With Nothing Left to Prove, Didier Drogba Still Aims to Go Out a Champion–in USL

Why is Didier Drogba still giving his all in a second-division league in the USA? “This is what I love to do. If it’s not about passion, I don’t know what would drive me to play at age 40.”
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Didier Drogba is one of the great forwards in world soccer of the past 20 years. He has won four Premier League titles, two Premier League golden boots and scored the decisive penalty in a UEFA Champions League final. He has led his country, Ivory Coast, in three World Cups. At age 40, Drogba has nothing left to prove in his remarkable 20-year professional career.

So why is he still playing—and scoring—in the playoffs of a second-division soccer league in the United States?

The best love-of-the-game story in sports right now may be Drogba’s run in the USL Cup playoffs with Phoenix Rising, which meets Orange County in the USL semifinals on Saturday night (ESPN+, 10 p.m. ET). In Phoenix’s first playoff game, a 3-0 win against Portland Timbers 2, Drogba scored the opener on a turn-back-the-clock free kick from over 35 yards.

And in the next game, a 4-2 win against Swope Park Rangers, Drogba assisted on a second-half equalizer and scored the insurance goal at the end.

“I’m really proud of what I’m doing now, because it’s a story of football, of playing, of competition,” Drogba told SI.com in an interview on Thursday. “For me, it’s a good way to end my career, to be able to give something back to these young and ambitious players who want to become successful in their careers. I started the same way playing in the second division and ended up playing at some of the best clubs in the world.”

“This is what I love to do. If it’s not about passion, I don’t know what would drive me to play at age 40.”

Drogba joined Phoenix last year in the rare position of player/co-owner, recruited by ownership leader Berke Bakay as part of a diverse investor group that includes recently retired baseball pitcher Brandon McCarthy and the music producer Diplo. Phoenix is pushing to become an MLS expansion team, and the more he spoke to Bakay and the other owners, the more Drogba felt like it was a realistic possibility to achieve.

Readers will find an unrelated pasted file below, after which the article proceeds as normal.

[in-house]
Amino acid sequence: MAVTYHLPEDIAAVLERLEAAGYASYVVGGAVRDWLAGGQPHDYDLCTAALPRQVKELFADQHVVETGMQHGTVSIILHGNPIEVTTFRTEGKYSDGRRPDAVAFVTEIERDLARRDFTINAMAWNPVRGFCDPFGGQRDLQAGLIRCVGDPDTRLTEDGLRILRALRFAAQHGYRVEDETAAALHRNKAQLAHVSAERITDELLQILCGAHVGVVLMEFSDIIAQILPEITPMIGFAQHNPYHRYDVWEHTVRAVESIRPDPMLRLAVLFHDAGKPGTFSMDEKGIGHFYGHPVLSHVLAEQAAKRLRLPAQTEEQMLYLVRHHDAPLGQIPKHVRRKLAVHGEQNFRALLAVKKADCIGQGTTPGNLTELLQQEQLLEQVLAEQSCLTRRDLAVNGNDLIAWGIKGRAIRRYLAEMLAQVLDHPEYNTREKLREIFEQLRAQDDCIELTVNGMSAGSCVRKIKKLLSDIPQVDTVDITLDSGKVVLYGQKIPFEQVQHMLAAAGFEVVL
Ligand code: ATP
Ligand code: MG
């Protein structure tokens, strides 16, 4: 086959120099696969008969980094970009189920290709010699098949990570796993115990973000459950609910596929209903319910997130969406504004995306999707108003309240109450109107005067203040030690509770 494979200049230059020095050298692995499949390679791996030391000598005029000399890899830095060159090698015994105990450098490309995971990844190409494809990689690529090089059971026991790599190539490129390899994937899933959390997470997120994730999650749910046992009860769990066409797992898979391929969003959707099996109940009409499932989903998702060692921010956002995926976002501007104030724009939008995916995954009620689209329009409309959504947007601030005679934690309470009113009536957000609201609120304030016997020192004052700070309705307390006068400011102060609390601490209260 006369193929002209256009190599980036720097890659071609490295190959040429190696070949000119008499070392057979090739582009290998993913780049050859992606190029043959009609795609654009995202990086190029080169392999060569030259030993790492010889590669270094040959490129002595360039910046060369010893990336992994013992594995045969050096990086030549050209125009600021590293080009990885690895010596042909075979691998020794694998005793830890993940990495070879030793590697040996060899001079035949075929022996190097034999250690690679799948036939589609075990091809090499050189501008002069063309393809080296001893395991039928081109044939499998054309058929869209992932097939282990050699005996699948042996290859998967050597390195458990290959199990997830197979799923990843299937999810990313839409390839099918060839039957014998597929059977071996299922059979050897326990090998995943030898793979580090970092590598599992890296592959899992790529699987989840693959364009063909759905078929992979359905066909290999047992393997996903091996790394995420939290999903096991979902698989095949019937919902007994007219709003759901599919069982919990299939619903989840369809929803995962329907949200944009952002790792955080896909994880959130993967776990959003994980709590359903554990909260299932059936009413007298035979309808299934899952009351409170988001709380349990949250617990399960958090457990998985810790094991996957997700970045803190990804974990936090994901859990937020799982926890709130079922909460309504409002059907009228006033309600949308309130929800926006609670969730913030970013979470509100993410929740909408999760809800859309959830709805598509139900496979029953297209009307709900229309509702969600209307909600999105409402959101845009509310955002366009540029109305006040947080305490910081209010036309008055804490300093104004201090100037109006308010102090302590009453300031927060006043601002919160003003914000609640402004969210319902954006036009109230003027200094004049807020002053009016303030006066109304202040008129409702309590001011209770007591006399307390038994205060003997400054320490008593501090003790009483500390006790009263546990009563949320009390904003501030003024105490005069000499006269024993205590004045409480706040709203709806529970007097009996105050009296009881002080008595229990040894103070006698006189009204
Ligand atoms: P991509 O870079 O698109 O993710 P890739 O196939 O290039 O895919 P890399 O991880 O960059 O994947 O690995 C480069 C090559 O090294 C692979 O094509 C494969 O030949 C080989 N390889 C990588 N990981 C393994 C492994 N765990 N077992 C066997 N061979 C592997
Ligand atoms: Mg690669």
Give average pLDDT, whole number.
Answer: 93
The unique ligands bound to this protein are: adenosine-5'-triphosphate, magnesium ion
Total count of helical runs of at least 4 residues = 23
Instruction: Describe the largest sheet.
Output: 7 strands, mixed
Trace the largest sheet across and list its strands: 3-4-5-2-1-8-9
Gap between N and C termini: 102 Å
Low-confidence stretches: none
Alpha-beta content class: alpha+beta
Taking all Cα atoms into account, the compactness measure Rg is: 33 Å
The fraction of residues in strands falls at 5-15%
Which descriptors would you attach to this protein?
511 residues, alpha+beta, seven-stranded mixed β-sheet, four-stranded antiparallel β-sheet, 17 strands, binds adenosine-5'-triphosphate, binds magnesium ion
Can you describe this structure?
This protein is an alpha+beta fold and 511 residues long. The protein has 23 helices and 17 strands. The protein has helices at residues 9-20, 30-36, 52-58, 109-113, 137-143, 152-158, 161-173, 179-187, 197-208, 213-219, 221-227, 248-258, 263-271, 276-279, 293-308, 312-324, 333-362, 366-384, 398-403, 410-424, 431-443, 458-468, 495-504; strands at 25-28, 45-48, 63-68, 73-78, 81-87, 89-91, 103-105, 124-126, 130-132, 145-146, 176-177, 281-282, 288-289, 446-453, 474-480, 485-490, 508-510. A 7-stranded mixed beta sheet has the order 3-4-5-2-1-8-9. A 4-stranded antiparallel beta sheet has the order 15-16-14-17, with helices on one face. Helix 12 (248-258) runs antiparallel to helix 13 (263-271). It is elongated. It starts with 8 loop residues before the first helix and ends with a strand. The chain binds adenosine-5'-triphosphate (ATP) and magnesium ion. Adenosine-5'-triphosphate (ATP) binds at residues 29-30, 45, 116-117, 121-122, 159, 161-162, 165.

“It was a challenge that I found really interesting, and also the best way to start my transition into after my [playing] career,” Drogba said. “The project presented to me was very attractive—taking the team to MLS. All my career I’ve been facing every kind of challenge, and most people were saying, ‘No, it’s impossible.’ And I ended up achieving them. This is another great challenge.”

In March, Phoenix Rising released renderings for a 21,000-seat, climate-controlled stadium, and in July Drogba and his fellow co-owners met with MLS officials in New York City.

“They’re very interested,” Drogba said, “so we need to make sure that we are going to be one of the contenders, if not one of the favorites, to get the MLS approval. It takes time, but Phoenix is ready. All the sports are represented here, so there’s no reason why there shouldn’t be a [major league] soccer team here.”


Meanwhile, Drogba is taking care of business on the field, too. His two playoff goals have been celebrated with just as much exuberance as he used to show when he scored for Chelsea. When asked if he’s surprising even himself with his postseason goals at age 40, Drogba couldn’t help but laugh.

“If I say no, I will sound arrogant, but it’s not,” he said. “This is what I’ve been doing all my career. The physical side can slowly leave you, but the technique and the ability to read a game, this will stay forever. I might not run like when I was 25, but the goals I scored are the ones I was scoring when I started playing. For me, it’s normal to score these goals.”

Have the quality of his playoff goals caused Drogba to consider playing beyond this season? After all, he recently wrote in a first-person column for the club’s website that these are the final days of his playing career.

“Right now, no, because I think it’s time to stop,” he said. “When I see where the team is now compared to where we started when I first came, I think they learned everything they have to learn from me. They grew, and the players improved a lot. And now it’s time for me to let them fly on their own. But I’ll still be there trying to help and bringing my experience to help the club develop and get to the next level.”

Drogba has nothing left to prove as a player, but that’s what makes his playoff run in a relatively anonymous U.S. soccer league so fascinating. And now he’s two games away from raising a trophy to end his storied career.